The Food Crisis
Reports of food shortages, food riots, and dwindling stockpiles have burst into the media in recent weeks, though warnings have been around for some time that diminishing farmland, climate change, and more recently the diversion of cropland to biofuels, would inevitably collide with growing populations, growing wealth, and the growth of grain intensive meat eating.
With consumption outstripping growth for six of the past seven years, grain stockpiles have fallen to their lowest levels since world wide record keeping began in 1960. In the United States, wheat stockpiles are at 60 year lows.
Rice has been particularly hard hit. Two years of severe drought in Australia, formerly a major rice exporter, have virtually eliminated the country's rice crop, while a plant disease has cut production in Vietnam. Since rice is the major source of food for many of the world's poor, these losses have had serious consequences.
Food riots have already toppled the government of Haiti. Shortages and price increases have caused unrest in India, Egypt, Indonesia, Peru, Haiti, Pakistan, Thailand, Burkino Faso, and Mauritania. The World Bank estimates that 33 countries face possible social unrest because of increasing food and energy prices. The U.N. proclaims that we are entering a new era of hunger.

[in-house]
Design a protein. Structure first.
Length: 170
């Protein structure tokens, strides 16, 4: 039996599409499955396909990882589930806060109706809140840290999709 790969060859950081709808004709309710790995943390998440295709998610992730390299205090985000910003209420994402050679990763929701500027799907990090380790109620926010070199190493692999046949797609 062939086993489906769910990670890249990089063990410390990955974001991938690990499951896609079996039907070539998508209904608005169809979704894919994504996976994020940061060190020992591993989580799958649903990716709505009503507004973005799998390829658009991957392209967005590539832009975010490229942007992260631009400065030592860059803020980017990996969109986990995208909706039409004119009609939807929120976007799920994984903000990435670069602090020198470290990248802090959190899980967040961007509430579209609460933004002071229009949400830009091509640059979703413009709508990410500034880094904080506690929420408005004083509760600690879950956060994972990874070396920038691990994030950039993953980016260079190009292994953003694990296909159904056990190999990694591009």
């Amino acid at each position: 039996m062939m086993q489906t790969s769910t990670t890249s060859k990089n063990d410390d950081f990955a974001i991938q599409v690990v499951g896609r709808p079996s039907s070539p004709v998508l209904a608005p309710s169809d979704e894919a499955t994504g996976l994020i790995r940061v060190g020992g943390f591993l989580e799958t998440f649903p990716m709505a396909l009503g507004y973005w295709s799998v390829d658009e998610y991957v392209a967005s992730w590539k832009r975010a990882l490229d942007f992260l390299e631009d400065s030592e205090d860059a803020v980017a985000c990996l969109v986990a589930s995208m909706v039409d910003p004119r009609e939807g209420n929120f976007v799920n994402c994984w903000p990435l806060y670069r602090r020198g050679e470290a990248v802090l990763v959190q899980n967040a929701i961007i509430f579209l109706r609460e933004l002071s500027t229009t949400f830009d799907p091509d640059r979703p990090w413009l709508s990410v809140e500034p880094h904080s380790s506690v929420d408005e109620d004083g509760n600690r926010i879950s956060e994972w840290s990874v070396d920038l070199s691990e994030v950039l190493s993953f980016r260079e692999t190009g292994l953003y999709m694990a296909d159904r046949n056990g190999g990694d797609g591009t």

The food and energy crises are unfolding in very similar ways; prices are rising in the world's richer countries while the poorer countries are experiencing shortages. Part of the problem comes from growing control over world food production by a handful of multinational corporations which is magnifying the problems in poorer countries. These corporations have chased indigenous peoples off their lands in South America, Indonesia and parts of the Far East, using tactics that range all the way up to murder. Jungle and rain forest land has been slashed and burned to make way for new plantations.
People in richer nations spend a smaller portion of their income on food so they are not as impacted by price rises. However they will not be immune from the problem indefinitely. The U.S. food supply is vulnerable in the event of disaster. Most of the nation's grain supply is shipped around the country on only two railroads, while little is stored in the event of disaster.
In both the cases of food and energy, the country has been asleep to the serious problems that loom ahead.